Pick! ASR Theater ~~ Steven Anthony Jones Soars in “How I Learned What I Learned”

By Joanne Engelhardt

Not many actors can stand on stage for 90+ minutes and talk with just a few sips of water – all the while keeping an audience mesmerized. Yet that’s exactly what Steven Anthony Jones does in August Wilson’s theatrical memoir How I Learned What I Learned.

As directed by former TheatreWorks Silicon Valley artistic director Tim Bond, an acclaimed interpreter of Wilson’s works, How I Learned is as mesmerizing as anything you’ll see on a Broadway stage. It runs through Feb. 3 at the Mountain View Center for the Performing Arts.

..shares the stage with a table, a chair & a gigantic wall of red bricks…

Co-conceived by Todd Kreidler, the show is a wondrous gift to Peninsula theatregoers who have the opportunity to see it. That’s because it forcefully relates so many difficult, lonely and unfair experiences that people like poor, black, uneducated Wilson experienced growing up after his family came to the United States.

Steven Anthony Jones at work in Palo Alto.

“My mom came to Pittsburg in 1937,” Jones recalls, in Wilson’s voice. August, the fourth of six children, was born in 1945, and was immediately saddled with the “unfortunate circumstance” of being born black. “I was supposed to be white! I got that from Clarence Thomas,” he jests.

Wilson’s works examine the American condition, which is why he’s been referred to as theater’s poet of Black America. All the pain and suffering that both he and his family before him bore is clearly visible in his series of 10 plays collectively called The Pittsburgh Cycle. They include such award-winning plays as Fences, The Piano Lesson, and Ma Rainey’s Black Bottom.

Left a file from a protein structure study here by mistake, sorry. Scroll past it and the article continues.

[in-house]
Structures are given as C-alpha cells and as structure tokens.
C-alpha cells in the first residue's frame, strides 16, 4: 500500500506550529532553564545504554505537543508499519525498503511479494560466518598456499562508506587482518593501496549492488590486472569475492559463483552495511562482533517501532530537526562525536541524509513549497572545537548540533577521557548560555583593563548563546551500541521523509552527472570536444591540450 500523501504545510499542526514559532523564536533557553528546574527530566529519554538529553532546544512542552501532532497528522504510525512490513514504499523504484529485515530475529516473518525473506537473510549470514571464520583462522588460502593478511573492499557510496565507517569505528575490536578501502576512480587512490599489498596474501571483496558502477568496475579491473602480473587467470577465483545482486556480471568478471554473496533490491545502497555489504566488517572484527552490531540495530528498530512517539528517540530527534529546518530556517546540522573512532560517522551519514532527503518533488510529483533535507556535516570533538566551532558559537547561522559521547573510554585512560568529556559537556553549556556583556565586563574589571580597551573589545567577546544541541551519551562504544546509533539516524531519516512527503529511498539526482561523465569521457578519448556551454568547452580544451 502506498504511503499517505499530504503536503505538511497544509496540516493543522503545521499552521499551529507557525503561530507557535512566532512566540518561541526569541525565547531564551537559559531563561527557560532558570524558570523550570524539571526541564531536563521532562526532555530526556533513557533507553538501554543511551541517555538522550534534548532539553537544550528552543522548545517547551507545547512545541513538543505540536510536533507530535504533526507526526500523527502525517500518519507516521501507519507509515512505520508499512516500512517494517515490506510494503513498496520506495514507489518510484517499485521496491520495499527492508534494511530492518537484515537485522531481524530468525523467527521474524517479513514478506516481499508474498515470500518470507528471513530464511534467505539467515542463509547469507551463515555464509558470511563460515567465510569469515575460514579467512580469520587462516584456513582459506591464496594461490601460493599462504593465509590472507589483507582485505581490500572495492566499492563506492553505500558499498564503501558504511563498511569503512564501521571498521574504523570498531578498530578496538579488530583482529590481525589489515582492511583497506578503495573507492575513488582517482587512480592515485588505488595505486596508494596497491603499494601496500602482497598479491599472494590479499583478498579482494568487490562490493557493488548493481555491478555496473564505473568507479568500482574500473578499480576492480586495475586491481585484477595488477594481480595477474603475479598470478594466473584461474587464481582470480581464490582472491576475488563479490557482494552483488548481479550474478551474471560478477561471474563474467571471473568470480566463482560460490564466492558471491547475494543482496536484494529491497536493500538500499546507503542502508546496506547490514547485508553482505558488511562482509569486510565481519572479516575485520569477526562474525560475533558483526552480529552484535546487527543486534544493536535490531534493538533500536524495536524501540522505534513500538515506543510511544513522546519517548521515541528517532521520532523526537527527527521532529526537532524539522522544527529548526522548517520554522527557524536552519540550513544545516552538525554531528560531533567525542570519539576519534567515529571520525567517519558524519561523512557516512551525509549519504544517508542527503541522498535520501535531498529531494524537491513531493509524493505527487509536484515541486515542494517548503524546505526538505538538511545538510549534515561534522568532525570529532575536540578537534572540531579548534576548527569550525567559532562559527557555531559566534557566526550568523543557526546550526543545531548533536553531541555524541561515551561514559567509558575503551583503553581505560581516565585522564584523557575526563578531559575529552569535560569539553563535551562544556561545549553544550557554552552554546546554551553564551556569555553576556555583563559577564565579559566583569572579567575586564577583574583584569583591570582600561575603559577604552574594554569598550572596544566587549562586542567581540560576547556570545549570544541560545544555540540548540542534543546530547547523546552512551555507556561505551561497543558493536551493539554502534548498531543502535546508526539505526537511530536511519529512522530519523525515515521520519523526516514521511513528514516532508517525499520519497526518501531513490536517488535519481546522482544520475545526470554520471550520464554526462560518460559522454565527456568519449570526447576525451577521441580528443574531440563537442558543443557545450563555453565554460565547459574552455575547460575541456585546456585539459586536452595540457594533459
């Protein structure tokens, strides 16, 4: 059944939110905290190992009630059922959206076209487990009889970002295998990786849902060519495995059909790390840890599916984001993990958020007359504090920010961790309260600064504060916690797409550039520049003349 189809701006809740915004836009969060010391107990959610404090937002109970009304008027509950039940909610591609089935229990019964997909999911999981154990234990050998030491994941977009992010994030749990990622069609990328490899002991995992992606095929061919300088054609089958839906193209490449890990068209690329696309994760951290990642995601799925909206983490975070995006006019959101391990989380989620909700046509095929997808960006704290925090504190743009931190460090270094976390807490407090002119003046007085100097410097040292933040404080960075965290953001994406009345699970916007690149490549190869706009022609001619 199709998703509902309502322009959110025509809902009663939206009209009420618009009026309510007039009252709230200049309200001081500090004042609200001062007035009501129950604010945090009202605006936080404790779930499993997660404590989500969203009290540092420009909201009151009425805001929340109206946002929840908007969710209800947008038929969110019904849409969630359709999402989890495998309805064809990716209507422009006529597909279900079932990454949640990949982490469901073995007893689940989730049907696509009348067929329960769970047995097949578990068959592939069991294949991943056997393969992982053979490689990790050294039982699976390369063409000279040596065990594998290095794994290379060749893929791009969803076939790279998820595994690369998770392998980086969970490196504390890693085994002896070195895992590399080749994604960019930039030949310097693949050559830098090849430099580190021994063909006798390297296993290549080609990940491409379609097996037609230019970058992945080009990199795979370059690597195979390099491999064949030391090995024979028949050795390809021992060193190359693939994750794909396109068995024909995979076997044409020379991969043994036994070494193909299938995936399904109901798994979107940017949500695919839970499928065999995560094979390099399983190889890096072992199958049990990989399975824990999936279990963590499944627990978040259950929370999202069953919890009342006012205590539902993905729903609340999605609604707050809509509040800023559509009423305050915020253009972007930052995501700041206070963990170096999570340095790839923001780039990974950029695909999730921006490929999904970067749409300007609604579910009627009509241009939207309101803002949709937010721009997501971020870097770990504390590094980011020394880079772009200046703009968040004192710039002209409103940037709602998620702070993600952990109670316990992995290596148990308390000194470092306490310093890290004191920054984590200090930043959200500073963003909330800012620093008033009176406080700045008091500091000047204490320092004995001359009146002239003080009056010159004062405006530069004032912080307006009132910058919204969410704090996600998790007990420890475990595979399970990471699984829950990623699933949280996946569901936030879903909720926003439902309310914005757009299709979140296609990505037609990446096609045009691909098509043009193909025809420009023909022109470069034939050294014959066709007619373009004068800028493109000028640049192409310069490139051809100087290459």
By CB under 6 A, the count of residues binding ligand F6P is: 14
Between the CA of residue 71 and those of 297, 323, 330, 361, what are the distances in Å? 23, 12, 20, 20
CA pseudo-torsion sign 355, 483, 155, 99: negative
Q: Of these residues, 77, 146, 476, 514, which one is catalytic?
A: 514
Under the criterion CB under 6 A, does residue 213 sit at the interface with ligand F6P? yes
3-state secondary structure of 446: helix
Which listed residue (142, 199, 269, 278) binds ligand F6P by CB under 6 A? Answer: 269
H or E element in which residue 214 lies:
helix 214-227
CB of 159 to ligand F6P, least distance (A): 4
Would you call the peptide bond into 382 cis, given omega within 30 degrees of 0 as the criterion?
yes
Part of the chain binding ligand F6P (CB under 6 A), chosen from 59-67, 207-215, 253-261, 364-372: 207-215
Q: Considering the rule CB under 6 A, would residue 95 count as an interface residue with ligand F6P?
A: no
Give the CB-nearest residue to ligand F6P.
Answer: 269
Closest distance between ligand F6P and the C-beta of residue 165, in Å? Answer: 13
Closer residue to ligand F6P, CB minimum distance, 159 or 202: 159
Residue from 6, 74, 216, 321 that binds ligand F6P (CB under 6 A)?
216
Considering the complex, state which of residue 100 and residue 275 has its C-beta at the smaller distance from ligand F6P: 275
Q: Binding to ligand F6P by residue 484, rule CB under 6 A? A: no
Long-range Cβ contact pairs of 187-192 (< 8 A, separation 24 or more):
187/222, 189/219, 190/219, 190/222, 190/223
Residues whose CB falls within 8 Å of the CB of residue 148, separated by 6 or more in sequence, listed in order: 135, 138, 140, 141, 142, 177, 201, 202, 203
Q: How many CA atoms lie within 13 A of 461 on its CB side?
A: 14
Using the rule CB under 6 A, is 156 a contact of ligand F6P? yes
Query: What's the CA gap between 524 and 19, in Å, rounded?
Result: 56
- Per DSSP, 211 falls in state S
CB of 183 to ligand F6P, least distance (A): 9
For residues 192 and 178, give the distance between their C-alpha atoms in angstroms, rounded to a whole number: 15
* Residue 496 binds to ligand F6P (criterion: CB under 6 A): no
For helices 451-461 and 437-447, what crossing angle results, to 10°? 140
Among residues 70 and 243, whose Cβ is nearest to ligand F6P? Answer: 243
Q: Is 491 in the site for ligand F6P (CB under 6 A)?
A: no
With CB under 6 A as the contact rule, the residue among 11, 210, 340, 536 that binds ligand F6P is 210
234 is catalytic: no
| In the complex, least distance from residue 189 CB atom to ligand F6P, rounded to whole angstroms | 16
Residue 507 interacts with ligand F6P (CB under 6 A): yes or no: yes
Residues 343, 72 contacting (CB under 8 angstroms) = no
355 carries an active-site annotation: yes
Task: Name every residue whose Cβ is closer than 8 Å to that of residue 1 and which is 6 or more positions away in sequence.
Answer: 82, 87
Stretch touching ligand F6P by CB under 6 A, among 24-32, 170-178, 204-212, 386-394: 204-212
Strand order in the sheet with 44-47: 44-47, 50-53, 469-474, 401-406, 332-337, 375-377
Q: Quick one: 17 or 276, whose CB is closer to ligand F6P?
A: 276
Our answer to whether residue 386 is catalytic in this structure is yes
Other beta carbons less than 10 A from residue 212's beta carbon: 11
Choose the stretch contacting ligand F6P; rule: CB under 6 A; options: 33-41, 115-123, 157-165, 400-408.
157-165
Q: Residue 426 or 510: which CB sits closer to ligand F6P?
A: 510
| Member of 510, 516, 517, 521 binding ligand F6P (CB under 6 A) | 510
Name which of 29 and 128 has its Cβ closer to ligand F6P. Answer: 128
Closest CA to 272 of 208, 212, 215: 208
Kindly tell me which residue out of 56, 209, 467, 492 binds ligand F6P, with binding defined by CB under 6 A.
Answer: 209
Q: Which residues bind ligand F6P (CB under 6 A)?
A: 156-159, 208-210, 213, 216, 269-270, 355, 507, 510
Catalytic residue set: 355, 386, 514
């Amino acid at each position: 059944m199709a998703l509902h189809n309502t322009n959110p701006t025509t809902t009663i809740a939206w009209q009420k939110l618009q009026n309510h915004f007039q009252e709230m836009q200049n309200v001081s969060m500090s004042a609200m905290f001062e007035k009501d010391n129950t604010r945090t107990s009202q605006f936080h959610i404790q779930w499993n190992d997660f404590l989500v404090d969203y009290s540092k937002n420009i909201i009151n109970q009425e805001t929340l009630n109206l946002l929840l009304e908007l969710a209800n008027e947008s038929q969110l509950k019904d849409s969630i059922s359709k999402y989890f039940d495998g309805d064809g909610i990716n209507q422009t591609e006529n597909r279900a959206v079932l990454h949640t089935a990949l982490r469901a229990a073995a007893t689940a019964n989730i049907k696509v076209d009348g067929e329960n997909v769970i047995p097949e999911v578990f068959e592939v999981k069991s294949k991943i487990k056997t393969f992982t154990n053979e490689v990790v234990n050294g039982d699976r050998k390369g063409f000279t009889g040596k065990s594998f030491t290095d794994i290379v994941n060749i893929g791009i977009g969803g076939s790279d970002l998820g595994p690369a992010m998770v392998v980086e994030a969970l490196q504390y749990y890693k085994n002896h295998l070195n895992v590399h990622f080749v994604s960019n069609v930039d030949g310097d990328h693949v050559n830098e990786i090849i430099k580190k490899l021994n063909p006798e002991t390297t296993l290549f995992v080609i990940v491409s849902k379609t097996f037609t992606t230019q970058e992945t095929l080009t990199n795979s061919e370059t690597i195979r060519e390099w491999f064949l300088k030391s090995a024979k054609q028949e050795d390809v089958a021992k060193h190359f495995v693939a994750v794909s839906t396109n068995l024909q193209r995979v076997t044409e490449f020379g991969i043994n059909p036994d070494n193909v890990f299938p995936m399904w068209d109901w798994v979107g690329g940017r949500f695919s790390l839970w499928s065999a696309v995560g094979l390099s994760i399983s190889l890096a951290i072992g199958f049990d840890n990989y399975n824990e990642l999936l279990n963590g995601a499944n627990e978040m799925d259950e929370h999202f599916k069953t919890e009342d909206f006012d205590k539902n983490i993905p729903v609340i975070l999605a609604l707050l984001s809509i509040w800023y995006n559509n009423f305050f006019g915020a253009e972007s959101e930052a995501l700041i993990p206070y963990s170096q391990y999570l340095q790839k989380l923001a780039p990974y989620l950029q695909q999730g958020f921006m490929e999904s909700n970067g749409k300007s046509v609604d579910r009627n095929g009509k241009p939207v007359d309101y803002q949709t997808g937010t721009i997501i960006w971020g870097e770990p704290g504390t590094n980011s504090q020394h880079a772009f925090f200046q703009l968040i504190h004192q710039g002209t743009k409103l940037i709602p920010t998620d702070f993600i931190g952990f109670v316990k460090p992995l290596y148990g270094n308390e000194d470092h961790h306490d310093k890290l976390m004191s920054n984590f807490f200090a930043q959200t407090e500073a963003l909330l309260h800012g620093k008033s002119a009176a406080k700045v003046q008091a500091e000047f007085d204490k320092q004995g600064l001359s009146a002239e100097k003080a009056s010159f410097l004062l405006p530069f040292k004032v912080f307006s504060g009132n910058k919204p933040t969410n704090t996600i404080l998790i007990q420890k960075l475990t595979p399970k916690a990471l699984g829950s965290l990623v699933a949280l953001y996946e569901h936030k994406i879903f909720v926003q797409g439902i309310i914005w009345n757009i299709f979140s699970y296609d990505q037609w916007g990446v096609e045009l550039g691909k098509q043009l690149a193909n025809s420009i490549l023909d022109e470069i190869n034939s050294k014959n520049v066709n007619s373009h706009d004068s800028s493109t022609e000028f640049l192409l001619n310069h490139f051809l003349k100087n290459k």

Jones is a short, somewhat pudgy man who, as Wilson, hobbles around a bit on stage. As he meanders here and there, he doffs a beret, perches on a desk, sometimes turning his back on the audience for a second or two before winking and then continuing on an autobiographical journey.

This is his fourth time performing in Wilson’s one-man show since 2019. Over the years it’s obvious that what he says and does on stage has become more nuanced, more human, more real.

Jones shares the stage with a table, a chair and a gigantic wall of red bricks reaching high into the rafters. That wall is where a word or three appear up high – propelling him to segue into another story, another vignette, another unfairness.

Growing up, August had a few good friends he’d hang around with – friends that he’d stay close to all his life. But he clearly emphasizes that he’s his “mother’s son,” and she told him he had to get a job after school to help out with the family’s expenses. He endured many experiences of prejudice and unfairness, to the point where he’d finally quit a job rather than be treated that way. “Something is not always better than nothing,” he declares, once again quitting a job rather than being accused of something he didn’t do.

The takeaways are many in this 95+ minute presentation of Wilson’s life and literary evolution into becoming one of American’s most celebrated and influential playwrights. Equally telling are his observations on what it means to be a black writer and artist in the 20th century.


Aisle Seat Executive Reviewer Joanne Engelhardt is a Peninsula theatre writer and critic. She is a voting member of the SF Bay Area Theatre Critics Circle (SFBATCC). Contact: joanneengelhardt@comcast.net


ProductionHow I Learned What I Learned
Written by
August Wilson; co-conceived by Todd Kreidler
Directed byTim Bond
Producing CompanyTheatreWorks Silicon Valley
Production DatesThru Feb 3rd
Production Address500 Castro St. Mountain View
Telephone(877) 662-8978
Tickets$37- $82
Reviewer ScoreMax in each category is 5/5
Aisle Seat Review Pick?YES!